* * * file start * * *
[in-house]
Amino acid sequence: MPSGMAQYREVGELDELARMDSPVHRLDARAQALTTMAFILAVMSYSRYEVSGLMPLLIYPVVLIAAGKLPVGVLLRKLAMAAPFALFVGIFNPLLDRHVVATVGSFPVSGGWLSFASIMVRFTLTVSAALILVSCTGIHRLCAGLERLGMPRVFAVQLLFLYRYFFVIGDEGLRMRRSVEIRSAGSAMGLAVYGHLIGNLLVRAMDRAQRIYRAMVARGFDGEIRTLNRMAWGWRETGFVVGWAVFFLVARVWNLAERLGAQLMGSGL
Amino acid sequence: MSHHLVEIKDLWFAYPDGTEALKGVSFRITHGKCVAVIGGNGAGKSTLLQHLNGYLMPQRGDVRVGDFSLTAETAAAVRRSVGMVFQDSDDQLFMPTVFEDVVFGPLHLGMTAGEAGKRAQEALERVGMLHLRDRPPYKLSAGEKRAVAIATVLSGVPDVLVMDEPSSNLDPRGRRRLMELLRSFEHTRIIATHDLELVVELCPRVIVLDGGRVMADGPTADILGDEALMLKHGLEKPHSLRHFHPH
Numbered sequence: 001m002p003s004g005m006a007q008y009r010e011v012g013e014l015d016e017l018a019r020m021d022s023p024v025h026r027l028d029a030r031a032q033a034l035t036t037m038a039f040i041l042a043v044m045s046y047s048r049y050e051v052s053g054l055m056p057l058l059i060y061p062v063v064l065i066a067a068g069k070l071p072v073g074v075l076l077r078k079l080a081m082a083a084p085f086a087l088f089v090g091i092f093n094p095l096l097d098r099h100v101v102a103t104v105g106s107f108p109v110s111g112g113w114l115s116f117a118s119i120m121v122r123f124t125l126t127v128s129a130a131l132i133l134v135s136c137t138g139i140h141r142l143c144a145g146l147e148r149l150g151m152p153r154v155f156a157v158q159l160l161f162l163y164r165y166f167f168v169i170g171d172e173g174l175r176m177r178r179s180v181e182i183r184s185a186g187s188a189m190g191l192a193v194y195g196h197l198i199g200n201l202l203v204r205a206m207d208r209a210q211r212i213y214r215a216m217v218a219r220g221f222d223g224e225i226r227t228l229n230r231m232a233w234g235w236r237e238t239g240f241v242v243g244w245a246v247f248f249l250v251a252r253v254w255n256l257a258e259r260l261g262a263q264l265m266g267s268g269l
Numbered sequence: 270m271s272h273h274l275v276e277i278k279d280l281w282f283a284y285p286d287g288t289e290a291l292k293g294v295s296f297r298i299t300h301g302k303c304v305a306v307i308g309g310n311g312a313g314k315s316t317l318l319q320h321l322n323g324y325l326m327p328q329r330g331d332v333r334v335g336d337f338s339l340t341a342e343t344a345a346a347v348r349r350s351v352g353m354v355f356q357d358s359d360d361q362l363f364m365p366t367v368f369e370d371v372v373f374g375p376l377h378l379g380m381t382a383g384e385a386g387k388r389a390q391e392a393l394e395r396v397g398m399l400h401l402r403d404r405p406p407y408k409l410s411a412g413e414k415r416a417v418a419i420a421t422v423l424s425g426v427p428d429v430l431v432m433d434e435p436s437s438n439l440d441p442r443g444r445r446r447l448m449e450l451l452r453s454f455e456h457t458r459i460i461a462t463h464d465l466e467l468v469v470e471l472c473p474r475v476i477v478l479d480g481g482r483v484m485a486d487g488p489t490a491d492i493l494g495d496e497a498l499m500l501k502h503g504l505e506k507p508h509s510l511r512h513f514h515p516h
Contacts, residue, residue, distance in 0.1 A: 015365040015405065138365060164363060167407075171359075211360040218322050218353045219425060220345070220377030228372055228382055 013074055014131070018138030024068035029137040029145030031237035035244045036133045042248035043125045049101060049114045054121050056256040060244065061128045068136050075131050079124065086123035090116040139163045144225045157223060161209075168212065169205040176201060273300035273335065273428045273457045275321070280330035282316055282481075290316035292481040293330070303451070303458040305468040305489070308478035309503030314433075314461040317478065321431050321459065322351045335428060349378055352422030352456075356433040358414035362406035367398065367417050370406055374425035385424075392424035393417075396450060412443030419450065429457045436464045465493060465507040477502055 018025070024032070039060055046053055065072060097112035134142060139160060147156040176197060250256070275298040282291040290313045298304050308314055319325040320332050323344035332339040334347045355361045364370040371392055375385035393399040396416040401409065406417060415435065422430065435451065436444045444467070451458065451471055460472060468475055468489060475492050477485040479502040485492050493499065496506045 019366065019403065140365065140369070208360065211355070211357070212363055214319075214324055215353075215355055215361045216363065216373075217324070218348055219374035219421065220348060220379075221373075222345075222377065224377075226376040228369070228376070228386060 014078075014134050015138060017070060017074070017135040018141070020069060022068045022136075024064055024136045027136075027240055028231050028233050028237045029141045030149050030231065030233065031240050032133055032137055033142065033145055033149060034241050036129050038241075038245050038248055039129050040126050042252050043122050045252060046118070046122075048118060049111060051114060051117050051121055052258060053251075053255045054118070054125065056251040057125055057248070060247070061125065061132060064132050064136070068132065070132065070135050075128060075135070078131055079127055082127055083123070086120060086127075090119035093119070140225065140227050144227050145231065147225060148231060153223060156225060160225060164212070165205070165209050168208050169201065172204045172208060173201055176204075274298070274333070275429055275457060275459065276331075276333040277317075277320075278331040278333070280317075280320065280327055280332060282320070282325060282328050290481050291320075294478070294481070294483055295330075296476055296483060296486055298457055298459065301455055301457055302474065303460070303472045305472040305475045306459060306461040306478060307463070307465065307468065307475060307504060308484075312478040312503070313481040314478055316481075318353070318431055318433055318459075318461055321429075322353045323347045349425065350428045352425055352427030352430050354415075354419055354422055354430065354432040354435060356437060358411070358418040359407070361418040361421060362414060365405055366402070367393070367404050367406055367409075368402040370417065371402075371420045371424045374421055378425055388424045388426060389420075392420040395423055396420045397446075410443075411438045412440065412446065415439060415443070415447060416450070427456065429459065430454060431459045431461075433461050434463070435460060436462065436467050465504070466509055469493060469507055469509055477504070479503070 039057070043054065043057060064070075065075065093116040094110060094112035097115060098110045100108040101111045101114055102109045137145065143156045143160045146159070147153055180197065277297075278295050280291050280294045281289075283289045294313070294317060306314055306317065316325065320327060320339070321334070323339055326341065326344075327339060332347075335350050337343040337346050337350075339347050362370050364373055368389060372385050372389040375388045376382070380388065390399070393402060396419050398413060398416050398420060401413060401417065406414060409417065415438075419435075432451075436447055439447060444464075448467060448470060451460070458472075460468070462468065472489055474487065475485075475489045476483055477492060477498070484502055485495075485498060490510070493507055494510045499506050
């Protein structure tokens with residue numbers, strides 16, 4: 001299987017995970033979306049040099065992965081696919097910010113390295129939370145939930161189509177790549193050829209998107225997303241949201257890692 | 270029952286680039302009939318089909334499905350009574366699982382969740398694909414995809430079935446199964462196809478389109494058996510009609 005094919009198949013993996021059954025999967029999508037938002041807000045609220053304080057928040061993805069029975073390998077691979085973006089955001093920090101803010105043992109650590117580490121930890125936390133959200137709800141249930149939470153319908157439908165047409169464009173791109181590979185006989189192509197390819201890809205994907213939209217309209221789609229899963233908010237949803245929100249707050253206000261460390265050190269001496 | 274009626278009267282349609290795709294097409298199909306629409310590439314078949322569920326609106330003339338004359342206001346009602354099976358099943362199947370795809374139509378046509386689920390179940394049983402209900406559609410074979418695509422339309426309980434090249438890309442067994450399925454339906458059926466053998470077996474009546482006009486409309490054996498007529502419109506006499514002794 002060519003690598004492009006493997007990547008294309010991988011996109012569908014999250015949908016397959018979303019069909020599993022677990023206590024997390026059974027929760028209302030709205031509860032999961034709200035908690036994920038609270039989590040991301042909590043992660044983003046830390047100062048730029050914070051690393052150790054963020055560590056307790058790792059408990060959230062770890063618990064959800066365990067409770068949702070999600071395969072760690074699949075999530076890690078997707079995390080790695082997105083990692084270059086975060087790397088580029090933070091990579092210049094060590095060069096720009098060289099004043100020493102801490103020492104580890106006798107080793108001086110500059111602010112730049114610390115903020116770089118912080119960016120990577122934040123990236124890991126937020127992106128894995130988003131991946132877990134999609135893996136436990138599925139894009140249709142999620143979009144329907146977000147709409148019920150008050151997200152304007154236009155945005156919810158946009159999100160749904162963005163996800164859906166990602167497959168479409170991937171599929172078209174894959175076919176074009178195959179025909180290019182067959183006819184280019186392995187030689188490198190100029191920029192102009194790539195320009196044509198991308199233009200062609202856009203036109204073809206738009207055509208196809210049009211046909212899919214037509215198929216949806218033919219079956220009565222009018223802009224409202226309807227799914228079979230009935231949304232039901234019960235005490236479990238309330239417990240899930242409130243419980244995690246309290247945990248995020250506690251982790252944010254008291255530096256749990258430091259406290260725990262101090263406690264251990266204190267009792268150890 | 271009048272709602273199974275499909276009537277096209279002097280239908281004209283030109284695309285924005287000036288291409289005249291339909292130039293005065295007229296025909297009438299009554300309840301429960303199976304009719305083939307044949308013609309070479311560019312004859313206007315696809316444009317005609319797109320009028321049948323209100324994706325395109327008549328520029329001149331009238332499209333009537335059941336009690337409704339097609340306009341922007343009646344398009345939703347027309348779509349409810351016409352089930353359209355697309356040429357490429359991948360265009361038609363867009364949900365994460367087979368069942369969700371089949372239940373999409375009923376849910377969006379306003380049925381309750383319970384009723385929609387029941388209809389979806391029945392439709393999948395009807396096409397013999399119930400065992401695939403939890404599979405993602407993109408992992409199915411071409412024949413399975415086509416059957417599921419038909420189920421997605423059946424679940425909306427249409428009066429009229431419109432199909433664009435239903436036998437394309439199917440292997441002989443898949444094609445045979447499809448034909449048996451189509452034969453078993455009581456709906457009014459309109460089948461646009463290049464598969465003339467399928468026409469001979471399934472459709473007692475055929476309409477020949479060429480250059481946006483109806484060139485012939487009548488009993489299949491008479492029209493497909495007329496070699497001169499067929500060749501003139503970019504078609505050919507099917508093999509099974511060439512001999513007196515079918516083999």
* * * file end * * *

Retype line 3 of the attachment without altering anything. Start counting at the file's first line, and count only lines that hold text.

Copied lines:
Amino acid sequence: MSHHLVEIKDLWFAYPDGTEALKGVSFRITHGKCVAVIGGNGAGKSTLLQHLNGYLMPQRGDVRVGDFSLTAETAAAVRRSVGMVFQDSDDQLFMPTVFEDVVFGPLHLGMTAGEAGKRAQEALERVGMLHLRDRPPYKLSAGEKRAVAIATVLSGVPDVLVMDEPSSNLDPRGRRRLMELLRSFEHTRIIATHDLELVVELCPRVIVLDGGRVMADGPTADILGDEALMLKHGLEKPHSLRHFHPH